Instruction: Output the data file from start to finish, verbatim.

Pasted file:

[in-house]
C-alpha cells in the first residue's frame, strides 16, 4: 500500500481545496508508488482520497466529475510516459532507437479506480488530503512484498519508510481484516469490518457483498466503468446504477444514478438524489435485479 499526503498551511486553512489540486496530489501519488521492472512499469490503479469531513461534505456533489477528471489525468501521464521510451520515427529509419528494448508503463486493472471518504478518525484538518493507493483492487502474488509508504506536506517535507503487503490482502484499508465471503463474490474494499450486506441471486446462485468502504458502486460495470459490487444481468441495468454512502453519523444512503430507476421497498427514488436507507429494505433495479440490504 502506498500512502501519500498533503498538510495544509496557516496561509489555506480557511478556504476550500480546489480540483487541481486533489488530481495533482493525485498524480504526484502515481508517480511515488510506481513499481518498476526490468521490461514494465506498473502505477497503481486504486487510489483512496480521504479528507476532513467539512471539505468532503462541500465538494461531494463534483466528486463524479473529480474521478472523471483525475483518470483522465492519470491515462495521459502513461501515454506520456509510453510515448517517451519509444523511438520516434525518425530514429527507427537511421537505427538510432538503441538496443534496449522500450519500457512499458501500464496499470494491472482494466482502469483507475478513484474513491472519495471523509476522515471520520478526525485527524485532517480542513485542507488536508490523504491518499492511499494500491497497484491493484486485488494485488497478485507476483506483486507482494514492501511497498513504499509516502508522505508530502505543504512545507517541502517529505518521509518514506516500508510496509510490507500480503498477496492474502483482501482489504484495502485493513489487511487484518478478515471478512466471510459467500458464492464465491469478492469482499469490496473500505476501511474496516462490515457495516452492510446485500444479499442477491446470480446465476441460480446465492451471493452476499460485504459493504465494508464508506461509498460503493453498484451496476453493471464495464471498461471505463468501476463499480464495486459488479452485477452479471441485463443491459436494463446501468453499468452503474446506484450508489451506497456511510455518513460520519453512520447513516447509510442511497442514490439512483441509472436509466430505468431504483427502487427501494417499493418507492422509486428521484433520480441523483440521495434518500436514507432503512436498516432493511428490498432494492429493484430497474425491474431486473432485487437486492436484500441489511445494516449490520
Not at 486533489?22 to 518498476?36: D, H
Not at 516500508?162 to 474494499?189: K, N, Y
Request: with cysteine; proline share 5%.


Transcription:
[in-house]
C-alpha cells in the first residue's frame, strides 16, 4: 500500500481545496508508488482520497466529475510516459532507437479506480488530503512484498519508510481484516469490518457483498466503468446504477444514478438524489435485479 499526503498551511486553512489540486496530489501519488521492472512499469490503479469531513461534505456533489477528471489525468501521464521510451520515427529509419528494448508503463486493472471518504478518525484538518493507493483492487502474488509508504506536506517535507503487503490482502484499508465471503463474490474494499450486506441471486446462485468502504458502486460495470459490487444481468441495468454512502453519523444512503430507476421497498427514488436507507429494505433495479440490504 502506498500512502501519500498533503498538510495544509496557516496561509489555506480557511478556504476550500480546489480540483487541481486533489488530481495533482493525485498524480504526484502515481508517480511515488510506481513499481518498476526490468521490461514494465506498473502505477497503481486504486487510489483512496480521504479528507476532513467539512471539505468532503462541500465538494461531494463534483466528486463524479473529480474521478472523471483525475483518470483522465492519470491515462495521459502513461501515454506520456509510453510515448517517451519509444523511438520516434525518425530514429527507427537511421537505427538510432538503441538496443534496449522500450519500457512499458501500464496499470494491472482494466482502469483507475478513484474513491472519495471523509476522515471520520478526525485527524485532517480542513485542507488536508490523504491518499492511499494500491497497484491493484486485488494485488497478485507476483506483486507482494514492501511497498513504499509516502508522505508530502505543504512545507517541502517529505518521509518514506516500508510496509510490507500480503498477496492474502483482501482489504484495502485493513489487511487484518478478515471478512466471510459467500458464492464465491469478492469482499469490496473500505476501511474496516462490515457495516452492510446485500444479499442477491446470480446465476441460480446465492451471493452476499460485504459493504465494508464508506461509498460503493453498484451496476453493471464495464471498461471505463468501476463499480464495486459488479452485477452479471441485463443491459436494463446501468453499468452503474446506484450508489451506497456511510455518513460520519453512520447513516447509510442511497442514490439512483441509472436509466430505468431504483427502487427501494417499493418507492422509486428521484433520480441523483440521495434518500436514507432503512436498516432493511428490498432494492429493484430497474425491474431486473432485487437486492436484500441489511445494516449490520
Not at 486533489?22 to 518498476?36: D, H
Not at 516500508?162 to 474494499?189: K, N, Y
Request: with cysteine; proline share 5%.